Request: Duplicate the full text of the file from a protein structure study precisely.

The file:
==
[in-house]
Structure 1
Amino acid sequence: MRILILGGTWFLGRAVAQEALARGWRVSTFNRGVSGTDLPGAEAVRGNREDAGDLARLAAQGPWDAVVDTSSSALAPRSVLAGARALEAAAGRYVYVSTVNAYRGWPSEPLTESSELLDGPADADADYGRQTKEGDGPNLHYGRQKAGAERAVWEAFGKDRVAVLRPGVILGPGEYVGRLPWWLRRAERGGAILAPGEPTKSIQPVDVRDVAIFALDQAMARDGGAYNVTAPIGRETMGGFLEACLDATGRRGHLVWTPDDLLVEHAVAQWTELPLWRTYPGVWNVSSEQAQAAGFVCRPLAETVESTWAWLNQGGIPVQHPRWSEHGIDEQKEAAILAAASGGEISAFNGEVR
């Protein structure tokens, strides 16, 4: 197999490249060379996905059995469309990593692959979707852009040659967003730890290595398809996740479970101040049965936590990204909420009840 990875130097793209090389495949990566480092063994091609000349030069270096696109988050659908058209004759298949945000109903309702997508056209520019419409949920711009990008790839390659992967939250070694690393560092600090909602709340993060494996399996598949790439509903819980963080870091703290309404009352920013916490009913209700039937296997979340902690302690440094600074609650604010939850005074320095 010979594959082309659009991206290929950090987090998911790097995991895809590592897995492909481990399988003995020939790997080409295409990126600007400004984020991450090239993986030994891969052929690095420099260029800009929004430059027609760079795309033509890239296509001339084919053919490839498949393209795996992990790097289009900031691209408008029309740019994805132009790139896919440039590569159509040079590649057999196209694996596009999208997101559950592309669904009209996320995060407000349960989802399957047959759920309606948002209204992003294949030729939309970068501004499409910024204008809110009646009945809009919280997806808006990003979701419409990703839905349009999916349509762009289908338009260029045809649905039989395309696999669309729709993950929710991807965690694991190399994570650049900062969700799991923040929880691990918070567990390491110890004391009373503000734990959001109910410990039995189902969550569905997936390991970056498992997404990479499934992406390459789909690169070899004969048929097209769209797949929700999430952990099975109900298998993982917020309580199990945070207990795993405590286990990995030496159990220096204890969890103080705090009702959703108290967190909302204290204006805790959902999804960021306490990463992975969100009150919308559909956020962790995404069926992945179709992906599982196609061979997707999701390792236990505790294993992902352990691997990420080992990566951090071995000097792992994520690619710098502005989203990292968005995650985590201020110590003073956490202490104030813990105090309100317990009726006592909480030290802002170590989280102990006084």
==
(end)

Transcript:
[in-house]
Structure 1
Amino acid sequence: MRILILGGTWFLGRAVAQEALARGWRVSTFNRGVSGTDLPGAEAVRGNREDAGDLARLAAQGPWDAVVDTSSSALAPRSVLAGARALEAAAGRYVYVSTVNAYRGWPSEPLTESSELLDGPADADADYGRQTKEGDGPNLHYGRQKAGAERAVWEAFGKDRVAVLRPGVILGPGEYVGRLPWWLRRAERGGAILAPGEPTKSIQPVDVRDVAIFALDQAMARDGGAYNVTAPIGRETMGGFLEACLDATGRRGHLVWTPDDLLVEHAVAQWTELPLWRTYPGVWNVSSEQAQAAGFVCRPLAETVESTWAWLNQGGIPVQHPRWSEHGIDEQKEAAILAAASGGEISAFNGEVR
């Protein structure tokens, strides 16, 4: 197999490249060379996905059995469309990593692959979707852009040659967003730890290595398809996740479970101040049965936590990204909420009840 990875130097793209090389495949990566480092063994091609000349030069270096696109988050659908058209004759298949945000109903309702997508056209520019419409949920711009990008790839390659992967939250070694690393560092600090909602709340993060494996399996598949790439509903819980963080870091703290309404009352920013916490009913209700039937296997979340902690302690440094600074609650604010939850005074320095 010979594959082309659009991206290929950090987090998911790097995991895809590592897995492909481990399988003995020939790997080409295409990126600007400004984020991450090239993986030994891969052929690095420099260029800009929004430059027609760079795309033509890239296509001339084919053919490839498949393209795996992990790097289009900031691209408008029309740019994805132009790139896919440039590569159509040079590649057999196209694996596009999208997101559950592309669904009209996320995060407000349960989802399957047959759920309606948002209204992003294949030729939309970068501004499409910024204008809110009646009945809009919280997806808006990003979701419409990703839905349009999916349509762009289908338009260029045809649905039989395309696999669309729709993950929710991807965690694991190399994570650049900062969700799991923040929880691990918070567990390491110890004391009373503000734990959001109910410990039995189902969550569905997936390991970056498992997404990479499934992406390459789909690169070899004969048929097209769209797949929700999430952990099975109900298998993982917020309580199990945070207990795993405590286990990995030496159990220096204890969890103080705090009702959703108290967190909302204290204006805790959902999804960021306490990463992975969100009150919308559909956020962790995404069926992945179709992906599982196609061979997707999701390792236990505790294993992902352990691997990420080992990566951090071995000097792992994520690619710098502005989203990292968005995650985590201020110590003073956490202490104030813990105090309100317990009726006592909480030290802002170590989280102990006084």